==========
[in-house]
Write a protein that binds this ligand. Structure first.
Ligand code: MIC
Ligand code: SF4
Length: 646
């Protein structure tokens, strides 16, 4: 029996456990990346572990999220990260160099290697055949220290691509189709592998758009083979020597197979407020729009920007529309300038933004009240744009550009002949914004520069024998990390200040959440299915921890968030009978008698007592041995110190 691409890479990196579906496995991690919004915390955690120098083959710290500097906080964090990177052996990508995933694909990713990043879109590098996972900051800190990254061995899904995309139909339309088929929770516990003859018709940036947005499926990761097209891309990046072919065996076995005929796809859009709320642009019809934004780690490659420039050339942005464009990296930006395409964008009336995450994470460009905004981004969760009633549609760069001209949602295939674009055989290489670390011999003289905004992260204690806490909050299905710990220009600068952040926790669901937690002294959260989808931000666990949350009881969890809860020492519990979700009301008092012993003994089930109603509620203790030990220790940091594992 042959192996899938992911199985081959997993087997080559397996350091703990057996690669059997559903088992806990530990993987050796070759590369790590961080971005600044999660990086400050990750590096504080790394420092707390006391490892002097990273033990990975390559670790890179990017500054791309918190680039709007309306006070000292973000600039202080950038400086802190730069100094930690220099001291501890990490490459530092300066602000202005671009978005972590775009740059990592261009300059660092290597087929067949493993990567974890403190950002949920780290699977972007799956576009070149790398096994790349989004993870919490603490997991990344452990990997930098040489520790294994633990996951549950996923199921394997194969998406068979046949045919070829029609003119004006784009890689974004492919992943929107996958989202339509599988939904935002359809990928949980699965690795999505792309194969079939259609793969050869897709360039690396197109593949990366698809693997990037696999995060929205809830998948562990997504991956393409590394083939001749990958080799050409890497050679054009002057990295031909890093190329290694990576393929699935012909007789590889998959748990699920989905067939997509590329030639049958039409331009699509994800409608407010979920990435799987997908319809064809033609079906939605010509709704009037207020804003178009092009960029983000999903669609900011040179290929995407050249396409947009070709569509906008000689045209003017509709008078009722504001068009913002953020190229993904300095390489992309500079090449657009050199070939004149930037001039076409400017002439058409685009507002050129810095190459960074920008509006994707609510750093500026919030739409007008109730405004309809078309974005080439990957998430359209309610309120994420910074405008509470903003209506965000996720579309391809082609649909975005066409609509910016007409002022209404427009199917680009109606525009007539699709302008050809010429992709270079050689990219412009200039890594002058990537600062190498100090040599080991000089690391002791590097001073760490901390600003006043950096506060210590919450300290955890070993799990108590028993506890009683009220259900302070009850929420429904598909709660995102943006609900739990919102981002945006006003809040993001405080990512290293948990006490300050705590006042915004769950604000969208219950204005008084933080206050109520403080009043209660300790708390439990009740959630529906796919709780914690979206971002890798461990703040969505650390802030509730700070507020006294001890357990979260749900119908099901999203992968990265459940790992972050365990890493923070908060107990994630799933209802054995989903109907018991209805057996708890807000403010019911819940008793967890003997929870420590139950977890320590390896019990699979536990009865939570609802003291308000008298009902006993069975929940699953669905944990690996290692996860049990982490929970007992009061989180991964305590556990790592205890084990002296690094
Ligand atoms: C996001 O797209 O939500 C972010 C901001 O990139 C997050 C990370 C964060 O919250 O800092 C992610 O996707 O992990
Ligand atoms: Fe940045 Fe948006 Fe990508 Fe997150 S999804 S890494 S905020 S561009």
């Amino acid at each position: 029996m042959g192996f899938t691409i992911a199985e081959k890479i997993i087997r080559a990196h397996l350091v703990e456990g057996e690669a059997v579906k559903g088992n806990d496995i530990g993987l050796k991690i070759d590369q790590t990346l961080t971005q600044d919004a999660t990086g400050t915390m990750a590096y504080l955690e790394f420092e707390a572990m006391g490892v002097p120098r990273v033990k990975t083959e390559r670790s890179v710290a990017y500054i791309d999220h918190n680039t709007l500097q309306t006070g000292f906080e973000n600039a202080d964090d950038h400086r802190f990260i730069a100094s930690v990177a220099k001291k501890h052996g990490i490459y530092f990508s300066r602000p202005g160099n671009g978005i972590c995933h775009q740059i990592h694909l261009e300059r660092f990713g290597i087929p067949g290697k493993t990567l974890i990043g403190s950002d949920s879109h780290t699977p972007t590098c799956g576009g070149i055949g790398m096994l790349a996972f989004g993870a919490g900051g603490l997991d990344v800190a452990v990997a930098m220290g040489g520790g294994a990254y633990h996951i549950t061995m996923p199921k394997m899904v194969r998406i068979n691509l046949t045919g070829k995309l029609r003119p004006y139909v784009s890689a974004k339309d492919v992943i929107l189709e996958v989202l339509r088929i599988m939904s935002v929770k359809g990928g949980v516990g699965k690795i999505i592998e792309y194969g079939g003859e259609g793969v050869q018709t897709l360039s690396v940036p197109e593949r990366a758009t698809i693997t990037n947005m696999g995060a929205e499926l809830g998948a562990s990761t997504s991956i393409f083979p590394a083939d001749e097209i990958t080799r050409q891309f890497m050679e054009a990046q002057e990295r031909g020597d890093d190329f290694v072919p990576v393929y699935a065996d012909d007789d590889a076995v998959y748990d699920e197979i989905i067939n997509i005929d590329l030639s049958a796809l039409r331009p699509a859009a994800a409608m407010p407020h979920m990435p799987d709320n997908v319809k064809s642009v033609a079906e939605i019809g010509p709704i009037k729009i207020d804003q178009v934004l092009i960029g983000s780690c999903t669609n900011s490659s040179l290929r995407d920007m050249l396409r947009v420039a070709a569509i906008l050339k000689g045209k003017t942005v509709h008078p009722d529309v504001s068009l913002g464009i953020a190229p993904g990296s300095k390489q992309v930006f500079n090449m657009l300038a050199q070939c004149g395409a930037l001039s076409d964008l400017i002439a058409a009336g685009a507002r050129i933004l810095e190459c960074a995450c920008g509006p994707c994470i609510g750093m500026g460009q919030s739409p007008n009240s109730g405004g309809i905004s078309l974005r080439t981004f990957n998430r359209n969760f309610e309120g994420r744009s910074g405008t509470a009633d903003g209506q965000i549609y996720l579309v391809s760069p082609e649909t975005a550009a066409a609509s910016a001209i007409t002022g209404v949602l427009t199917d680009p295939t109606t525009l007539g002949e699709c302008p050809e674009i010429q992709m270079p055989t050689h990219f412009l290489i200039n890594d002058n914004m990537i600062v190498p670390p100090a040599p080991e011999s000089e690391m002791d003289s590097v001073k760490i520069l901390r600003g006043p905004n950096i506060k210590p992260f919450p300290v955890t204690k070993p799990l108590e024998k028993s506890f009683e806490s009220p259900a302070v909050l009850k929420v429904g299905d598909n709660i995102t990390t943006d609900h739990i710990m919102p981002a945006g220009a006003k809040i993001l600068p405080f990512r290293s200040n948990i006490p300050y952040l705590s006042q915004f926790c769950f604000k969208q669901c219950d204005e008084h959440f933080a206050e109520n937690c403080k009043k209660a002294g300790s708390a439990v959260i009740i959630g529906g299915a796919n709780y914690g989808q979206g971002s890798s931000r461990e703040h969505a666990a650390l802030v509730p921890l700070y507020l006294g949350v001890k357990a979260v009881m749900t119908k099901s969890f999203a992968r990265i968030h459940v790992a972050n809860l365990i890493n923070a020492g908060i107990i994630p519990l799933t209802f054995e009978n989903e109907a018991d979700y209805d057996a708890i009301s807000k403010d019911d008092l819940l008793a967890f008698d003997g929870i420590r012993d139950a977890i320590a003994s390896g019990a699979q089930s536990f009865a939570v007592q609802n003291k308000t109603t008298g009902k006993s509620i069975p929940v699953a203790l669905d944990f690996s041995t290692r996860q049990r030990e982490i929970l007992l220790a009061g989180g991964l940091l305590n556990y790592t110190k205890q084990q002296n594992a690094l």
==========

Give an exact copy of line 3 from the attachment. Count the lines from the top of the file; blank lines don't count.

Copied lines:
Ligand code: MIC